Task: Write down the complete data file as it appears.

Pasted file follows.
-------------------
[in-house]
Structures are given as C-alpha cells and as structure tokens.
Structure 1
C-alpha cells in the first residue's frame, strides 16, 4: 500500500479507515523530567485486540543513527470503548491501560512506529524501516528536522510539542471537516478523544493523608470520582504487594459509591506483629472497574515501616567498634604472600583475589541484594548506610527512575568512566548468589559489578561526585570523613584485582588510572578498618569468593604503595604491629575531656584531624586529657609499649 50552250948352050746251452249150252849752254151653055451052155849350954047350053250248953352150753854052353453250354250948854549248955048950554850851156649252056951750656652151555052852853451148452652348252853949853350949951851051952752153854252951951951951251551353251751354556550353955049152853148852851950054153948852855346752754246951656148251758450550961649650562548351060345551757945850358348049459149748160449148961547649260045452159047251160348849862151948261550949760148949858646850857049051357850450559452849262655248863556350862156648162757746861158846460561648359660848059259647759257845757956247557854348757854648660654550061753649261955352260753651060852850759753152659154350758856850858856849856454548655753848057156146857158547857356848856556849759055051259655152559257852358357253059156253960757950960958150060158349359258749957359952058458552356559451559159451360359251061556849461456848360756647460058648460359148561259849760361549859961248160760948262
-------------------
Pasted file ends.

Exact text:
[in-house]
Structures are given as C-alpha cells and as structure tokens.
Structure 1
C-alpha cells in the first residue's frame, strides 16, 4: 500500500479507515523530567485486540543513527470503548491501560512506529524501516528536522510539542471537516478523544493523608470520582504487594459509591506483629472497574515501616567498634604472600583475589541484594548506610527512575568512566548468589559489578561526585570523613584485582588510572578498618569468593604503595604491629575531656584531624586529657609499649 50552250948352050746251452249150252849752254151653055451052155849350954047350053250248953352150753854052353453250354250948854549248955048950554850851156649252056951750656652151555052852853451148452652348252853949853350949951851051952752153854252951951951951251551353251751354556550353955049152853148852851950054153948852855346752754246951656148251758450550961649650562548351060345551757945850358348049459149748160449148961547649260045452159047251160348849862151948261550949760148949858646850857049051357850450559452849262655248863556350862156648162757746861158846460561648359660848059259647759257845757956247557854348757854648660654550061753649261955352260753651060852850759753152659154350758856850858856849856454548655753848057156146857158547857356848856556849759055051259655152559257852358357253059156253960757950960958150060158349359258749957359952058458552356559451559159451360359251061556849461456848360756647460058648460359148561259849760361549859961248160760948262